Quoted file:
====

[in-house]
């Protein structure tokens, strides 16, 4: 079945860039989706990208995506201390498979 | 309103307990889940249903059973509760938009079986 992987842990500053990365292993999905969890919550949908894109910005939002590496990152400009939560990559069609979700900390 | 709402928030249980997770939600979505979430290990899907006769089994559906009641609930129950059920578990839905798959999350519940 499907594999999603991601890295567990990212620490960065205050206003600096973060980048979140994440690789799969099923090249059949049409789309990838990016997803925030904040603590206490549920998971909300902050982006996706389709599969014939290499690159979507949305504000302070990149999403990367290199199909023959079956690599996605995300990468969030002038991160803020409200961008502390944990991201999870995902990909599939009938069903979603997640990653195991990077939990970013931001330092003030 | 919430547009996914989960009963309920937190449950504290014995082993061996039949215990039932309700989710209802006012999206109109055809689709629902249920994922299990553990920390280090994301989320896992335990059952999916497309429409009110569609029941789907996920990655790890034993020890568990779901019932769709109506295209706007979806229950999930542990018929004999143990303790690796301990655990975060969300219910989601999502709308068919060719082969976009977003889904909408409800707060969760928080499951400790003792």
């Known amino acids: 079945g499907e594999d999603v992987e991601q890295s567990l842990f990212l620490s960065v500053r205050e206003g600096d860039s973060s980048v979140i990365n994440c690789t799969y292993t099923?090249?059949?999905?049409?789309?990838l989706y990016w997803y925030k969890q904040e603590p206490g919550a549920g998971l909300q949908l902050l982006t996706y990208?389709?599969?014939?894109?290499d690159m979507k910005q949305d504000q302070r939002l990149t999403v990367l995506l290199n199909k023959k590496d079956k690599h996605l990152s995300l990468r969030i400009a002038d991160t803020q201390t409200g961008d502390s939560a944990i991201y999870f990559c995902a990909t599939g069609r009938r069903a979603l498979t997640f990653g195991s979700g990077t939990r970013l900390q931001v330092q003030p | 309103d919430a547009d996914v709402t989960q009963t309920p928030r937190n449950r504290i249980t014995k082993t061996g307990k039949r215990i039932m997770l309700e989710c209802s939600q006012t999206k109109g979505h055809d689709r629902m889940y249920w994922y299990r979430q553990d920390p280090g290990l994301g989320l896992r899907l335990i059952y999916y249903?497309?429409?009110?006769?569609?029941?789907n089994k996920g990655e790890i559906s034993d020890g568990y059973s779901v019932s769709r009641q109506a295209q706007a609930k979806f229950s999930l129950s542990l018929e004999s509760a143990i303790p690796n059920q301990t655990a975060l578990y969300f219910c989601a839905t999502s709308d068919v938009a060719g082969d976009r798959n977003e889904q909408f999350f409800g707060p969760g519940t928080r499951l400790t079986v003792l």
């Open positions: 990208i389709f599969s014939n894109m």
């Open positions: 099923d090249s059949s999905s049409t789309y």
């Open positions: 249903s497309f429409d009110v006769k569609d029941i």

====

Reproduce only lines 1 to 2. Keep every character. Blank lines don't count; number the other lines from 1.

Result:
[in-house]
């Protein structure tokens, strides 16, 4: 079945860039989706990208995506201390498979 | 309103307990889940249903059973509760938009079986 992987842990500053990365292993999905969890919550949908894109910005939002590496990152400009939560990559069609979700900390 | 709402928030249980997770939600979505979430290990899907006769089994559906009641609930129950059920578990839905798959999350519940 499907594999999603991601890295567990990212620490960065205050206003600096973060980048979140994440690789799969099923090249059949049409789309990838990016997803925030904040603590206490549920998971909300902050982006996706389709599969014939290499690159979507949305504000302070990149999403990367290199199909023959079956690599996605995300990468969030002038991160803020409200961008502390944990991201999870995902990909599939009938069903979603997640990653195991990077939990970013931001330092003030 | 919430547009996914989960009963309920937190449950504290014995082993061996039949215990039932309700989710209802006012999206109109055809689709629902249920994922299990553990920390280090994301989320896992335990059952999916497309429409009110569609029941789907996920990655790890034993020890568990779901019932769709109506295209706007979806229950999930542990018929004999143990303790690796301990655990975060969300219910989601999502709308068919060719082969976009977003889904909408409800707060969760928080499951400790003792």